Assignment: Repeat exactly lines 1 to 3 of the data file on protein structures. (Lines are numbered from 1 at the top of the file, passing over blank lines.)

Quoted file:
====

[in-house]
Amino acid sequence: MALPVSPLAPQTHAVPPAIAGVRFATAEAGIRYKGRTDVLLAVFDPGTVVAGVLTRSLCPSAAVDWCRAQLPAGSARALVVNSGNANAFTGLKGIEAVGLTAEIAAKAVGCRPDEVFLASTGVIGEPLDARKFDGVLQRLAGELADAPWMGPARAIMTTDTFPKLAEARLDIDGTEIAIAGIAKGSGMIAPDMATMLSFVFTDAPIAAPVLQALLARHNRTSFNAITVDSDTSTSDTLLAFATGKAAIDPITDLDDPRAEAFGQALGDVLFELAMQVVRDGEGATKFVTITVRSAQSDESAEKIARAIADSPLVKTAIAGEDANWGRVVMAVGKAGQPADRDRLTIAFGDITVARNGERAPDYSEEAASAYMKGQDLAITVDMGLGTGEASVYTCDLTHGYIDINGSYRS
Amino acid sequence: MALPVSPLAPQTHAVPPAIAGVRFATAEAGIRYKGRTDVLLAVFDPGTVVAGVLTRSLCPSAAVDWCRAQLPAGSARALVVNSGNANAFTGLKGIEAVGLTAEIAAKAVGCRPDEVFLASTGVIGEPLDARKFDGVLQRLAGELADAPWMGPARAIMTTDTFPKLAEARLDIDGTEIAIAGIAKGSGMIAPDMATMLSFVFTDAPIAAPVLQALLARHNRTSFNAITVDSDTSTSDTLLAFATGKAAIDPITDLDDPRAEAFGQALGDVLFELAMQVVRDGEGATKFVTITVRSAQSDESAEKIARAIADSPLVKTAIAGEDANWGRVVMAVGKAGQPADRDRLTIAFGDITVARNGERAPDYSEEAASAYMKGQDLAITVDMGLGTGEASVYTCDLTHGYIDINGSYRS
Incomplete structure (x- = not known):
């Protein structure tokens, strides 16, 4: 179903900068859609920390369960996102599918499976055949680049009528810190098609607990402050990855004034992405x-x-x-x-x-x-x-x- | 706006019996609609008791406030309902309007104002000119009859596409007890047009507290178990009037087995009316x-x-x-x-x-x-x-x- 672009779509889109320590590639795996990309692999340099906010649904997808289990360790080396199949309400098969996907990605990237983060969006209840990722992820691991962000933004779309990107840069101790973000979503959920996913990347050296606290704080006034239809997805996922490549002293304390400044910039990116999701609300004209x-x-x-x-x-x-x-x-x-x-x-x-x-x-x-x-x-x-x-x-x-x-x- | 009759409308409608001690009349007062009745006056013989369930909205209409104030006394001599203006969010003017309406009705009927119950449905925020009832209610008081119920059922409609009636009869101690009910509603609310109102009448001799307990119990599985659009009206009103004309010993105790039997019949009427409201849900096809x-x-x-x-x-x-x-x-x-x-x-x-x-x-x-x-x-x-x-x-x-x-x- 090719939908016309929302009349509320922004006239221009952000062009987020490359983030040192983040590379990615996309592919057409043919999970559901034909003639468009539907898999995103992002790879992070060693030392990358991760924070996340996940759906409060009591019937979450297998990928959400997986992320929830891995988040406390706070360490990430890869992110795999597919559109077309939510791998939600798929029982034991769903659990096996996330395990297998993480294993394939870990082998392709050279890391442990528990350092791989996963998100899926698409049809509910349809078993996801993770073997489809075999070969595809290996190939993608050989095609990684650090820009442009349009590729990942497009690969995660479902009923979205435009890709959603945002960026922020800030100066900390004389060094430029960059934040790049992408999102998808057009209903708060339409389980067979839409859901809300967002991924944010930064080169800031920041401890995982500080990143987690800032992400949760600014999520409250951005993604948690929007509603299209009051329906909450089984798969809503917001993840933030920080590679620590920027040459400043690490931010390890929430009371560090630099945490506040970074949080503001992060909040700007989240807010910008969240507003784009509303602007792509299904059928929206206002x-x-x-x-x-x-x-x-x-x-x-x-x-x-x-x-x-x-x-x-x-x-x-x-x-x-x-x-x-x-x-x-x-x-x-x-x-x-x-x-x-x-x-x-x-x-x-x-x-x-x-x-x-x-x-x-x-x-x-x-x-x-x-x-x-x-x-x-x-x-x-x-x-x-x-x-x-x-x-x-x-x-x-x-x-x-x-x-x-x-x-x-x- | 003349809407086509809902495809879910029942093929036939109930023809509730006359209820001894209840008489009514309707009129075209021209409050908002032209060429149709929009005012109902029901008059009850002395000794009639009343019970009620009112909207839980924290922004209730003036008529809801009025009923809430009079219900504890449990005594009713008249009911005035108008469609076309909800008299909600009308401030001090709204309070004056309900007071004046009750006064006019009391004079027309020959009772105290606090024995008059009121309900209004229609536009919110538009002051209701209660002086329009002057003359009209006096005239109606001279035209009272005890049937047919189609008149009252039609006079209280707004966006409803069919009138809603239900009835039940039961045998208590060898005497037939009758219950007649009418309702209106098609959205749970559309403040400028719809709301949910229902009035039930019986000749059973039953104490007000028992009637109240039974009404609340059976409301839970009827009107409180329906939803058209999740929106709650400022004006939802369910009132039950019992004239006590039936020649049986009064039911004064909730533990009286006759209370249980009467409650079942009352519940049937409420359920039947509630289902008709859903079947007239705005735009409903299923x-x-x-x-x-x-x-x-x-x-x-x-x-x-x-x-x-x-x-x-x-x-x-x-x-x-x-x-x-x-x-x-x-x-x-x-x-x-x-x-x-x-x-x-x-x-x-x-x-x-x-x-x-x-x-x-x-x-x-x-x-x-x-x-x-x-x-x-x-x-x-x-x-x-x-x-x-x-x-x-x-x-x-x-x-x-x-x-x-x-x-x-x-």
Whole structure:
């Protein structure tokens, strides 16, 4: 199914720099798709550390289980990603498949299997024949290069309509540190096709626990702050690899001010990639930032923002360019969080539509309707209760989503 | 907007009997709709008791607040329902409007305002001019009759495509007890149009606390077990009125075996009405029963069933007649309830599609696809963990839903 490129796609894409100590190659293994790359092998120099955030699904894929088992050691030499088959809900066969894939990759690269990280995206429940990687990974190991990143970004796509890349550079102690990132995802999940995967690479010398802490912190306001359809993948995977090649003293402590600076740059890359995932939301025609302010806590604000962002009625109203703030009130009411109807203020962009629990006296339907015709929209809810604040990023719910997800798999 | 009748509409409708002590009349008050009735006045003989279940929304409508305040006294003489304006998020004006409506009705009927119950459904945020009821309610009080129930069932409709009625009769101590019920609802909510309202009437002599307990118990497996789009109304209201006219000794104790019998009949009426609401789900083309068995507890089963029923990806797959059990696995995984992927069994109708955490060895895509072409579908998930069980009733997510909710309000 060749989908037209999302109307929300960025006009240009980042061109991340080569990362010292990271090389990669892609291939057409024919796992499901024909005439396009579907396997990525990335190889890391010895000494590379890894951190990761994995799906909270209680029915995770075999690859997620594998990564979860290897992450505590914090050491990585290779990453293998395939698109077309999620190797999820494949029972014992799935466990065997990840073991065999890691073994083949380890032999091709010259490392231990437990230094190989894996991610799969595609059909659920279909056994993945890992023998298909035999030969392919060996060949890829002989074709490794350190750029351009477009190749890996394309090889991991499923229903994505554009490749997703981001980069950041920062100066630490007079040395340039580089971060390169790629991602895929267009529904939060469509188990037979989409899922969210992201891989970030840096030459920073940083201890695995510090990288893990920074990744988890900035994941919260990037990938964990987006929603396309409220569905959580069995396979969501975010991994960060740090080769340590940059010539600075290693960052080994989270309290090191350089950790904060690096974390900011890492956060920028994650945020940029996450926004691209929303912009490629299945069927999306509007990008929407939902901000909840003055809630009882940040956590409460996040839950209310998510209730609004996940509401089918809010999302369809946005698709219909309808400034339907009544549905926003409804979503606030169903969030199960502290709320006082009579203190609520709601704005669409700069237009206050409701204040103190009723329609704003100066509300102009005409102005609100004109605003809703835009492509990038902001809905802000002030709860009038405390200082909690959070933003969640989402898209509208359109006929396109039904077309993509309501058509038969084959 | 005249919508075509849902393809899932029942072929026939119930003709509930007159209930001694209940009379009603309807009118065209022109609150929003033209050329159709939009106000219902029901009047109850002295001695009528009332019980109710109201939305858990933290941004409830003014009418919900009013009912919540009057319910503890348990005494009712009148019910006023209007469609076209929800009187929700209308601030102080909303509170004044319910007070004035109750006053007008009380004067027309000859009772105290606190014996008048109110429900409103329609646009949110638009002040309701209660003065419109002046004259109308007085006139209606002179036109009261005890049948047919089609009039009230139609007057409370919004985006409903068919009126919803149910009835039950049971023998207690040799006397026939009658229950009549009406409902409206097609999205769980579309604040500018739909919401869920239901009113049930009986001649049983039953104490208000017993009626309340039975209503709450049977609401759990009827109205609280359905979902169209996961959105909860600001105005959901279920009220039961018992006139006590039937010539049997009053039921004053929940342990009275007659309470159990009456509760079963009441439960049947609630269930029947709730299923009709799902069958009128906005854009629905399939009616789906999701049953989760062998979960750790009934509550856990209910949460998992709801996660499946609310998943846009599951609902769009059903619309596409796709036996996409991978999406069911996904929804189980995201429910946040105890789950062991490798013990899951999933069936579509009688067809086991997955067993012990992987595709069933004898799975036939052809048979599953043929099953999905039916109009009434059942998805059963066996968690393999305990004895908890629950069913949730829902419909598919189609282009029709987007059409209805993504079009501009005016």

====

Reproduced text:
[in-house]
Amino acid sequence: MALPVSPLAPQTHAVPPAIAGVRFATAEAGIRYKGRTDVLLAVFDPGTVVAGVLTRSLCPSAAVDWCRAQLPAGSARALVVNSGNANAFTGLKGIEAVGLTAEIAAKAVGCRPDEVFLASTGVIGEPLDARKFDGVLQRLAGELADAPWMGPARAIMTTDTFPKLAEARLDIDGTEIAIAGIAKGSGMIAPDMATMLSFVFTDAPIAAPVLQALLARHNRTSFNAITVDSDTSTSDTLLAFATGKAAIDPITDLDDPRAEAFGQALGDVLFELAMQVVRDGEGATKFVTITVRSAQSDESAEKIARAIADSPLVKTAIAGEDANWGRVVMAVGKAGQPADRDRLTIAFGDITVARNGERAPDYSEEAASAYMKGQDLAITVDMGLGTGEASVYTCDLTHGYIDINGSYRS
Amino acid sequence: MALPVSPLAPQTHAVPPAIAGVRFATAEAGIRYKGRTDVLLAVFDPGTVVAGVLTRSLCPSAAVDWCRAQLPAGSARALVVNSGNANAFTGLKGIEAVGLTAEIAAKAVGCRPDEVFLASTGVIGEPLDARKFDGVLQRLAGELADAPWMGPARAIMTTDTFPKLAEARLDIDGTEIAIAGIAKGSGMIAPDMATMLSFVFTDAPIAAPVLQALLARHNRTSFNAITVDSDTSTSDTLLAFATGKAAIDPITDLDDPRAEAFGQALGDVLFELAMQVVRDGEGATKFVTITVRSAQSDESAEKIARAIADSPLVKTAIAGEDANWGRVVMAVGKAGQPADRDRLTIAFGDITVARNGERAPDYSEEAASAYMKGQDLAITVDMGLGTGEASVYTCDLTHGYIDINGSYRS